Chronicles Magazine Masculinity

Remembering the Right

The featured theme of this month’s magazine is focused on a particular task, namely retrieving conservativism and conservative thinkers from the past and explaining their continued relevance to the present. The current conservative movement, as a...

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  • Perspective

    Arms and The Man

    I must have been 11 or 12 years old before my father put a gun into my hands and told me to shoot. By then, I had been out hunting with him several times a year but I had not ceased marveling at the efficiency and grace with which he handled a...

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  • VIEWS

    A Myth In A Garden

    Born the day after Christmas, 1902, like a wet firecracker, as my mother remarked, I entered a world that lived with and by other creatures. My grandchildren and their ilk are unaware that they are creatures.

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  • VIEWS

    With Laurel: For Andrew Lytle

    What makes it so appropriate that Andrew Lytle should receive the Richard M. Weaver Award for Scholarly Letters is that Mr. Lytle is one of the gifted people who inspired Dick Weaver's career as what he called "an Agrarian in exile."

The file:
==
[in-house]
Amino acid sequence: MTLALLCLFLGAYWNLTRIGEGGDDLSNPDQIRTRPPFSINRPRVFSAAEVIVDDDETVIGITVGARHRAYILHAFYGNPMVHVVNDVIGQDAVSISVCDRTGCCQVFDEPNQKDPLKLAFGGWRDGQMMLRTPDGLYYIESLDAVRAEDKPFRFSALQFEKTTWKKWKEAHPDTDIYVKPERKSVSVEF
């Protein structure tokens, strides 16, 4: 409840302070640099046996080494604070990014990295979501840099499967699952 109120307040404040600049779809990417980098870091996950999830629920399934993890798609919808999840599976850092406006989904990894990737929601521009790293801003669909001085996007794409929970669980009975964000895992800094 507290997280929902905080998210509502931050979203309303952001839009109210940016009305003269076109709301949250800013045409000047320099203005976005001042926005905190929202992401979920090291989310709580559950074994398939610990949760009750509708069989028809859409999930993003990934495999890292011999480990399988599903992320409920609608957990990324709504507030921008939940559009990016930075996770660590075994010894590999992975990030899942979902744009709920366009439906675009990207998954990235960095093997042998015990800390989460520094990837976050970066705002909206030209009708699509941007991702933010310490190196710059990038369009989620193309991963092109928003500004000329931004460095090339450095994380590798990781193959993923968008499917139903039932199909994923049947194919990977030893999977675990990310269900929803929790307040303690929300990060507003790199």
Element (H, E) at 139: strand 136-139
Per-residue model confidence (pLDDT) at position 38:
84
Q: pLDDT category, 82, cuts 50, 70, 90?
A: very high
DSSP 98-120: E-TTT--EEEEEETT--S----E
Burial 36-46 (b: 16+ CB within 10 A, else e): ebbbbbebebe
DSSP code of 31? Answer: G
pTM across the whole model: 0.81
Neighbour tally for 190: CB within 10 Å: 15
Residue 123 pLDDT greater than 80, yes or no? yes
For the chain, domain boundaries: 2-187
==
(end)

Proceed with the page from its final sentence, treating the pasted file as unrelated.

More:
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  • VIEWS

    The Order of Virtue

    For some time now, the literature of the sporting world has offered one of the most agreeable ways of experiencing revisions of public reality. Perhaps this is why it is hard to read Howard Cosell's best-seller I Never Played the Game without a...

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  • VIEWS

    Politics of Weakness

    In the 1980's the doctrine of sexual equality is increasingly being misapplied. The current discussion of women's sports provides a graphic illustration. The central premise of the sexual egalitarian is simple: It is unjust to reward or support a...

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  • REVIEWS

    Prurient Puritans

    These apparently very different books—a cultural history and research on American sexual mores—actually address the same issue: the attempt to reconcile morality and the sexual impulse.

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  • REVIEWS

    The Gelded Age

    What do men want? In the gloried 1950's, Sports Afield and Rod and Gun exemplified a male ethos resting on the quest for game by the primeval hunting band. With Playboy, Hugh Hefner moved the American male indoors.

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